Mike Bethea has a chance to do something no other coach in Washington history has done: Win six state basketball championships.
Mike Bethea didn’t want to be the boys basketball coach at Rainier Beach High School.
After Francis Williams resigned in the middle of the 1993-94 season, Bethea, an assistant at the time, became the team’s interim coach. But he made it clear that he didn’t want to become head coach.
“I went in to talk to Bob Johnson, the athletic director, and the principal and said, ‘I’ll get this thing through the end of the year and then I’m done,’ ” Bethea said. “And then later, Bob put it in the paper that they named me the head coach and said to me, ‘Well, you explain to the papers why you don’t want to take it.’ That’s how it all started.”
Bethea has been head coach ever since, and as his second-ranked team prepares to play Seattle Prep in the state quarterfinals Thursday, he has a chance to do something no other coach in Washington history has done: Win six state basketball titles.
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Bethea and the Vikings won No. 5 last year and are the favorites to repeat.
Ray Ricks, at 2B Northwest Christian (Colbert), also has five titles and his team is in the state tournament this year. O’Dea coach Al Hairston won five titles at Garfield, but O’Dea isn’t in this year’s tournament. Former O’Dea coach Phil Lumpkin also won five with the Irish.
Mountlake Terrace is in the boys tournament for the second consecutive season, and the Hawks hope a more difficult nonconference schedule pays off.
Terrace beat an athletic team from Fairfax of Los Angeles, and lost by a point to Lincoln of Tacoma, the Hawks’ Thursday opponent.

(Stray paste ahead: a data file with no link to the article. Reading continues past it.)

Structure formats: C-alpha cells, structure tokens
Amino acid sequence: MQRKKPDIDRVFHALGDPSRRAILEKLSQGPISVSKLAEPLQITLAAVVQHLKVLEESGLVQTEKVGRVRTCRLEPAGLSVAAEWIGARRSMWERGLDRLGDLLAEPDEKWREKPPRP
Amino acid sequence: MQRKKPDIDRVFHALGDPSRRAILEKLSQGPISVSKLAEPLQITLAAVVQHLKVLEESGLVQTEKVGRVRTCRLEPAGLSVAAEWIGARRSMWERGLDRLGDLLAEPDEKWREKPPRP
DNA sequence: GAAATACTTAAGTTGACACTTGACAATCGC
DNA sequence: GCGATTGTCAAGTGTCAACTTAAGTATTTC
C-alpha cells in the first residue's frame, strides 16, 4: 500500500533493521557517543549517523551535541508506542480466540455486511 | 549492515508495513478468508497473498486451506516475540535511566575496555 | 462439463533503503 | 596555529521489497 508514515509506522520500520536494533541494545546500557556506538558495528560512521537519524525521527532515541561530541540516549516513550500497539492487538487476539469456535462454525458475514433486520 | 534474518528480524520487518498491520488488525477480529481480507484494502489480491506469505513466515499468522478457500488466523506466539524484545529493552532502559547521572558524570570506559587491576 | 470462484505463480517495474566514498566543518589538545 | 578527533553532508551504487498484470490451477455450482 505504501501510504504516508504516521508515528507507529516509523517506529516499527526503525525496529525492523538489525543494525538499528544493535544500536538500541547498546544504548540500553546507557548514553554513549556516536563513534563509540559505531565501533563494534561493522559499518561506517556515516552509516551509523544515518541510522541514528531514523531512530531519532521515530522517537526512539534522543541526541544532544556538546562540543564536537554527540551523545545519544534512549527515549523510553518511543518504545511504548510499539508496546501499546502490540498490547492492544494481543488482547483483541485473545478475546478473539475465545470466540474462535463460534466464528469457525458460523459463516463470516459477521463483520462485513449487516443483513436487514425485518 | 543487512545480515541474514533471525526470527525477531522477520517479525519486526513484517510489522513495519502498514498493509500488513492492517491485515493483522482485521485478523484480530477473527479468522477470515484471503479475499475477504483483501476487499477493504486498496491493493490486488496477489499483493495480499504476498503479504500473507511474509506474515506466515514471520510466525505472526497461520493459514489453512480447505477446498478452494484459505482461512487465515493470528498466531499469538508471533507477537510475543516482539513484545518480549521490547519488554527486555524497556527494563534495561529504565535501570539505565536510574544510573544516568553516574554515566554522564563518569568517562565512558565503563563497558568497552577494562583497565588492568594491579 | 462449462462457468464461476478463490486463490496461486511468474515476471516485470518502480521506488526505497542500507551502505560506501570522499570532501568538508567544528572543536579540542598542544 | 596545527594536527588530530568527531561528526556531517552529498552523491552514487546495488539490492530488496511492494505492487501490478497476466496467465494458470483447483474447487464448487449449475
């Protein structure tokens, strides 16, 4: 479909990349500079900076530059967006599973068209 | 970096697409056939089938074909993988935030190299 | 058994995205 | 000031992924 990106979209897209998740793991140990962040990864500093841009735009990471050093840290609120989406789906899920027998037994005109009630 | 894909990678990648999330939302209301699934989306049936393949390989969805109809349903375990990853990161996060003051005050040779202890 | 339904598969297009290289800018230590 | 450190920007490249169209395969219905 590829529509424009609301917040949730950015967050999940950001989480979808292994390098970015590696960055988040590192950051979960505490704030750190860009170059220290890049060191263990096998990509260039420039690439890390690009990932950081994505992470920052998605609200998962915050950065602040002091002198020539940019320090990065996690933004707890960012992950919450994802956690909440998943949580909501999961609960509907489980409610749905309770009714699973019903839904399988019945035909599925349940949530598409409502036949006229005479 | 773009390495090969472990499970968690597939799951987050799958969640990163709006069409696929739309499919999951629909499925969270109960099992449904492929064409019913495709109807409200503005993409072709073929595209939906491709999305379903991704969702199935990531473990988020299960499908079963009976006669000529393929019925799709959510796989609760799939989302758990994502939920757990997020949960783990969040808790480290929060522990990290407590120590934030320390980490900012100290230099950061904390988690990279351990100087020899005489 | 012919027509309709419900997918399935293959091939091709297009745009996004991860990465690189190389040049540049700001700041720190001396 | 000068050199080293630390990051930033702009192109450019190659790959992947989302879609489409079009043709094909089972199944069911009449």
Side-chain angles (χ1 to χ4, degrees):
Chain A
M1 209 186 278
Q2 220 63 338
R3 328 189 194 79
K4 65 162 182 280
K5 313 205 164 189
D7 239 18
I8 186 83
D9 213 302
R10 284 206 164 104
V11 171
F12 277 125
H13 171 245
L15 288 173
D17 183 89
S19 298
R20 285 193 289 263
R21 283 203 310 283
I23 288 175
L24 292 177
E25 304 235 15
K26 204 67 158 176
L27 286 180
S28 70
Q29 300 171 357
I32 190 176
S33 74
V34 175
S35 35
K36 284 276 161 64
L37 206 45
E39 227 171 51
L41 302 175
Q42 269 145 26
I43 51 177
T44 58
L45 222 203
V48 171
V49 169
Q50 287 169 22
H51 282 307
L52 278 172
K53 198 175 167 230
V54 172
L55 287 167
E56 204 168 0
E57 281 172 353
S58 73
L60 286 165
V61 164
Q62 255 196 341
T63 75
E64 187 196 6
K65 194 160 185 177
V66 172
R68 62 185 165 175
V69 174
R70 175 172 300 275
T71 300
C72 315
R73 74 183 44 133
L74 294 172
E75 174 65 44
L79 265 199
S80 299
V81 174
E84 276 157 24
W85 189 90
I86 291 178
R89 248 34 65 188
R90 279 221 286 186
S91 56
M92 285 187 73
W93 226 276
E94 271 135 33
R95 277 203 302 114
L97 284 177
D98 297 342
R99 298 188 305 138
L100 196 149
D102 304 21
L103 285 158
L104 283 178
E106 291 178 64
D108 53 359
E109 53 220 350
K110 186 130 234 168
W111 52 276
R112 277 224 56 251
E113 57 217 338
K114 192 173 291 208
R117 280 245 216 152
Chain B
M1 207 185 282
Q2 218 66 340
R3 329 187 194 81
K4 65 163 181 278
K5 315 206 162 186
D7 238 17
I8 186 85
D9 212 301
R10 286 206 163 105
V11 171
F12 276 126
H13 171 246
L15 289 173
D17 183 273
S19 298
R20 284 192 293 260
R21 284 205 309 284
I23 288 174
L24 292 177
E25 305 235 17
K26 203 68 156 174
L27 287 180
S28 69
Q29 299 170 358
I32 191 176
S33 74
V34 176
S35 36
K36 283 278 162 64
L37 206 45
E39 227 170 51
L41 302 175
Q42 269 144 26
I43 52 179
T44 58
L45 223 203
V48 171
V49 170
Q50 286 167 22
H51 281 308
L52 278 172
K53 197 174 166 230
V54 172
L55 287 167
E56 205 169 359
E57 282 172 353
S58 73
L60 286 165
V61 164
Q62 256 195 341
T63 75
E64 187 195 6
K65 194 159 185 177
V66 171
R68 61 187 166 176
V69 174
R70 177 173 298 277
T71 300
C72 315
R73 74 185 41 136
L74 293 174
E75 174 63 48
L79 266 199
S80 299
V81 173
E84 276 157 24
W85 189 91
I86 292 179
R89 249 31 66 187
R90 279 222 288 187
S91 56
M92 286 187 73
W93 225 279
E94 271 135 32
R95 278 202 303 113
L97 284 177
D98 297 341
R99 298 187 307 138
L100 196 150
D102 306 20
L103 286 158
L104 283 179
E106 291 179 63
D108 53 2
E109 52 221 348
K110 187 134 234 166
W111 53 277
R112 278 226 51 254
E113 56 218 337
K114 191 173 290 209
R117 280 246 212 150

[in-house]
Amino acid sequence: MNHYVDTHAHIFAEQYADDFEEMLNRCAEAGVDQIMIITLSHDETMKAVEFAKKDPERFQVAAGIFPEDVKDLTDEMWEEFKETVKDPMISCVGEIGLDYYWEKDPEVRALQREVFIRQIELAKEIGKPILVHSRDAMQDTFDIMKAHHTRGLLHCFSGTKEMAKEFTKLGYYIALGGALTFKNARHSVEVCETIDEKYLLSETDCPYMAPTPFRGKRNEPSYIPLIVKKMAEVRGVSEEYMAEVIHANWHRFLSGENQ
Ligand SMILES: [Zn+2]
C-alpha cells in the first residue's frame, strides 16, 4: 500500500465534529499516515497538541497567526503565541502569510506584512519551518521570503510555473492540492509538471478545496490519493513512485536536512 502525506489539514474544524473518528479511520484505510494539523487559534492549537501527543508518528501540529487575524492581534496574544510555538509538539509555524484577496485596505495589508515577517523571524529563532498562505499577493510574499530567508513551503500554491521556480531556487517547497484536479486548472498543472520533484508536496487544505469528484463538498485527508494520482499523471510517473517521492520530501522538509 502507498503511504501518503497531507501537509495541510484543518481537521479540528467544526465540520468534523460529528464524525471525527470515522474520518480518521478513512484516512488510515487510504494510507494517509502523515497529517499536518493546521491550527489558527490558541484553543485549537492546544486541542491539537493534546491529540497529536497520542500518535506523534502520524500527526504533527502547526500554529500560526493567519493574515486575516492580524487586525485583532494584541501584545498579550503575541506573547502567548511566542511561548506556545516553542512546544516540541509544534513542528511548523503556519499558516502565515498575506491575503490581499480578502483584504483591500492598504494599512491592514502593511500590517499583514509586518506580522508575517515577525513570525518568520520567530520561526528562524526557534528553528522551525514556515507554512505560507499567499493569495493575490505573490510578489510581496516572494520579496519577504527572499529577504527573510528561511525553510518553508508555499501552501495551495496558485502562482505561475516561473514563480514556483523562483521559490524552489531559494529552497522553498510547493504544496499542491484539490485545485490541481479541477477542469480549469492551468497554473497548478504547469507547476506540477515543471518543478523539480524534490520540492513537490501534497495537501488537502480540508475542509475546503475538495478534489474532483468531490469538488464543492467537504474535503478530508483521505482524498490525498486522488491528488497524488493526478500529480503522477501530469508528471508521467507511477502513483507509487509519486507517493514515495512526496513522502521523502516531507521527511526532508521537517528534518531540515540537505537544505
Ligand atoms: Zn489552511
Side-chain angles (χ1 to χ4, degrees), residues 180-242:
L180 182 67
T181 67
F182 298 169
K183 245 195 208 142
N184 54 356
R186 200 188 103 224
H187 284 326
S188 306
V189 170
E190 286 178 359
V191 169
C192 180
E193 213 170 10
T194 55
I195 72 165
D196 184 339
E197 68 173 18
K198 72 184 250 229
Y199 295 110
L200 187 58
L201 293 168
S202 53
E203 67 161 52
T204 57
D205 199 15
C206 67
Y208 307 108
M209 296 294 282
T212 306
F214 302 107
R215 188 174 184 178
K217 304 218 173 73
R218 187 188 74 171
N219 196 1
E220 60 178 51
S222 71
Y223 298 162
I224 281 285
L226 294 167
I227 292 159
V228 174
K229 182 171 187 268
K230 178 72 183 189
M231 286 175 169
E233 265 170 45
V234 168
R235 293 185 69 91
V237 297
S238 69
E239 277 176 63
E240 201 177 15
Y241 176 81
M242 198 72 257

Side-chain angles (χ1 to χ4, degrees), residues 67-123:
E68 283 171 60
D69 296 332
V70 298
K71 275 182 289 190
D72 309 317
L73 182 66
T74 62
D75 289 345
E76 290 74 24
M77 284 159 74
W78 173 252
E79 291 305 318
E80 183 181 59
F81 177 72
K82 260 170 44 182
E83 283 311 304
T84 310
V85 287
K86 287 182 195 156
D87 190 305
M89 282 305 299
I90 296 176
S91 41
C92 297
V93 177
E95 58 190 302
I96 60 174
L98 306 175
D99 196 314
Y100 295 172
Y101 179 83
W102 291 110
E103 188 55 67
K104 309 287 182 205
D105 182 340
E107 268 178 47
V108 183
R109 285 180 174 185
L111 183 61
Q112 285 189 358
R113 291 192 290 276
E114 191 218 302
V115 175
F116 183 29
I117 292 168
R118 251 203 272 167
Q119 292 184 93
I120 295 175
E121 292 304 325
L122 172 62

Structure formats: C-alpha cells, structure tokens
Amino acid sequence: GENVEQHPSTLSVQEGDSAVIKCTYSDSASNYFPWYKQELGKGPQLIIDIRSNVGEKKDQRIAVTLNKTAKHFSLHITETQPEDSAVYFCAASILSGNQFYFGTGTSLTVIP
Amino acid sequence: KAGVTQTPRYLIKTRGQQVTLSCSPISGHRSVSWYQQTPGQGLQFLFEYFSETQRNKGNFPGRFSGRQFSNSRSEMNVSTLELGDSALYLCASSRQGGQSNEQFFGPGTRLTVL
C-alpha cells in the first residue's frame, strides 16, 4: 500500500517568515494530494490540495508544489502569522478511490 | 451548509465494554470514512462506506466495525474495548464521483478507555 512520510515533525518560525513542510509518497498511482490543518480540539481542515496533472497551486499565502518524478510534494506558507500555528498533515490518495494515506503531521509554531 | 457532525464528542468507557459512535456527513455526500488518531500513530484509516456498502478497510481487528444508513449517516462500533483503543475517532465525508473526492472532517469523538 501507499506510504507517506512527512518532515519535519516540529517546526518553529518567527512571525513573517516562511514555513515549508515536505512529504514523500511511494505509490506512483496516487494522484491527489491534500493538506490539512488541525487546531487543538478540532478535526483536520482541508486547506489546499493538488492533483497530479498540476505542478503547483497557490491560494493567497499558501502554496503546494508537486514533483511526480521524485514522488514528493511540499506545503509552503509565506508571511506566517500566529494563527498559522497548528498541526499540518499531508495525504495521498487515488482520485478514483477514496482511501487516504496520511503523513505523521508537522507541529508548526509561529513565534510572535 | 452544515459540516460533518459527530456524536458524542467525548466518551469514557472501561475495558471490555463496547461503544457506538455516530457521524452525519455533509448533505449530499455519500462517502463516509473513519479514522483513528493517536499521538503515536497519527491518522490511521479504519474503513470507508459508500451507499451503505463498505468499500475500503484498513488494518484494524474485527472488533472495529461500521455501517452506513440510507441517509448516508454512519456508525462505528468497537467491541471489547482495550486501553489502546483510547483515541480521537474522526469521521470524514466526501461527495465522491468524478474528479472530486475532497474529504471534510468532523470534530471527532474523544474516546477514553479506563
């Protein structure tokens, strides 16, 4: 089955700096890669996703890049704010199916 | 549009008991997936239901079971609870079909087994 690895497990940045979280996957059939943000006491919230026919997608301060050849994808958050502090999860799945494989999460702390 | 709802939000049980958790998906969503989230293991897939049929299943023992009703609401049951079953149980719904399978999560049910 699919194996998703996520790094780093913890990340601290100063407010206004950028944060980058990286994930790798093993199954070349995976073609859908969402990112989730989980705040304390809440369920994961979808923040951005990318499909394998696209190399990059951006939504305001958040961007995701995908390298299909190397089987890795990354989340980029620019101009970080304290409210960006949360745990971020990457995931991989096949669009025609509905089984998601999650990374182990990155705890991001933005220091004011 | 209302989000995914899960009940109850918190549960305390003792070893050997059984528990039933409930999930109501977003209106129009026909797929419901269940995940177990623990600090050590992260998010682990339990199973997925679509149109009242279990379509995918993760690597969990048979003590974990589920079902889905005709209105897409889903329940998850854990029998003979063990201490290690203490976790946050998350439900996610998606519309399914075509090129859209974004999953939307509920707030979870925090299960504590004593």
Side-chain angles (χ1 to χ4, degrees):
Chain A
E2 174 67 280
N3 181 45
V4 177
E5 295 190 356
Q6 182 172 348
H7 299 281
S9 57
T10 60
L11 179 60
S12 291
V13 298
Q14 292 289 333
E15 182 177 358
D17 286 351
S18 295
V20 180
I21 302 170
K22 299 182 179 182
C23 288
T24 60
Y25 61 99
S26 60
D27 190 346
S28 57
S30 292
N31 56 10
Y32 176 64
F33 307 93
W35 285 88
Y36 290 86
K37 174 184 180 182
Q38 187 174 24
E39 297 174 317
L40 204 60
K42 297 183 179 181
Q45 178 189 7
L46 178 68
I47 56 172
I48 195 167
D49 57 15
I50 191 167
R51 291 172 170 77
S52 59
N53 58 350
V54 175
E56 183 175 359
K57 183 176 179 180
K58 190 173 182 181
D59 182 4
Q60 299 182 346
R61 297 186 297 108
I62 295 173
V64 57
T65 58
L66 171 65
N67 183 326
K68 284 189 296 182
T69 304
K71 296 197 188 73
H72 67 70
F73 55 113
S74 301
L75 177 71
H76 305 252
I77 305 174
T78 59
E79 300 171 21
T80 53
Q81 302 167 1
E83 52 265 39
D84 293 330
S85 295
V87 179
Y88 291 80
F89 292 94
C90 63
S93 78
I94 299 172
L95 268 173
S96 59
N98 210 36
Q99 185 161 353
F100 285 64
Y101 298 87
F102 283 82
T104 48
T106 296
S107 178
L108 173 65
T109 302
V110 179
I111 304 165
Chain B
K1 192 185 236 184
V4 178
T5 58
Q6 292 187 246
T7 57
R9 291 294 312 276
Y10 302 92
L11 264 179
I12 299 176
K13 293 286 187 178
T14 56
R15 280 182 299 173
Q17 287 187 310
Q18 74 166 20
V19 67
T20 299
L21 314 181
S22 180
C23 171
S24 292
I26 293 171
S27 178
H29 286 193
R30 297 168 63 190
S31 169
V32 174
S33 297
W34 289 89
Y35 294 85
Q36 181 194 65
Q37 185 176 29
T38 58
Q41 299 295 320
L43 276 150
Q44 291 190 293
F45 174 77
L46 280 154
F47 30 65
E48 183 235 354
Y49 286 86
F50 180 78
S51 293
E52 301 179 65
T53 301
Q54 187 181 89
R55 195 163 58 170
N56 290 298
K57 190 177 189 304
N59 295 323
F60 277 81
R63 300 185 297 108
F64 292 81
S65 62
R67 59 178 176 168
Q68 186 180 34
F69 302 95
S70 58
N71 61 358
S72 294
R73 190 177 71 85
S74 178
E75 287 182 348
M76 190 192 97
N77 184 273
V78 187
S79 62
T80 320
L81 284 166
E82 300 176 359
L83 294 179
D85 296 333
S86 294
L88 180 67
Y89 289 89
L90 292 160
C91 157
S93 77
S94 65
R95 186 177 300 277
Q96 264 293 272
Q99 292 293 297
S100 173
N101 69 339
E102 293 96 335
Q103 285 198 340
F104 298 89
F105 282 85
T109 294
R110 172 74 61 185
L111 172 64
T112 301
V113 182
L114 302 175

“What it really came down to last year was we just hadn’t seen the athleticism that you’re going to see from some of the teams in the final eight,” Terrace coach Nalin Sood said. “You just can’t simulate that in practice or on video or typing it on a scouting report.”
Sometimes, coaches hold their breath when their opponent is determined at the state-tournament draw.
Not Cleveland’s Stephenie Wheeler-Smith.
“I’m down for whatever and whoever,” she said Sunday. “Our girls are really excited to be where they are. They’ve worked extremely hard and they’re just excited to be here and to leave with a different result than we had last year.”
The Eagles lost in last year’s semifinals to Franklin, before finishing third by beating University of Spokane, their quarterfinal opponent Thursday.
The keys are simple, according to Wheeler-Smith.
“We just have to come out and play hard and play smart and have fun.”
Nothing like beating last year’s champion, and this year’s No. 1 girls team, to build confidence. That’s what Bellevue did at regionals, eliminating Prairie. So, the fifth-ranked Wolverines are comfortable with where they are in the bracket, opening against No. 7 Glacier Peak.
“We feel pretty good about where we are,” Bellevue coach Leah Krautter said.
A win Thursday could mean a semifinal showdown with No. 2 Cleveland.
“It’s a good challenge, if we get there,” Krautter said.
• Seattle Prep and University are the only 3A schools to qualify both boys and girls teams to the quarterfinals.
• Prairie is out of the girls’ tournament for the first time since 1997. The Falcons have won a record six state titles with six second-place finishes as well.
Times staff reporter Sandy Ringer contributed to this report.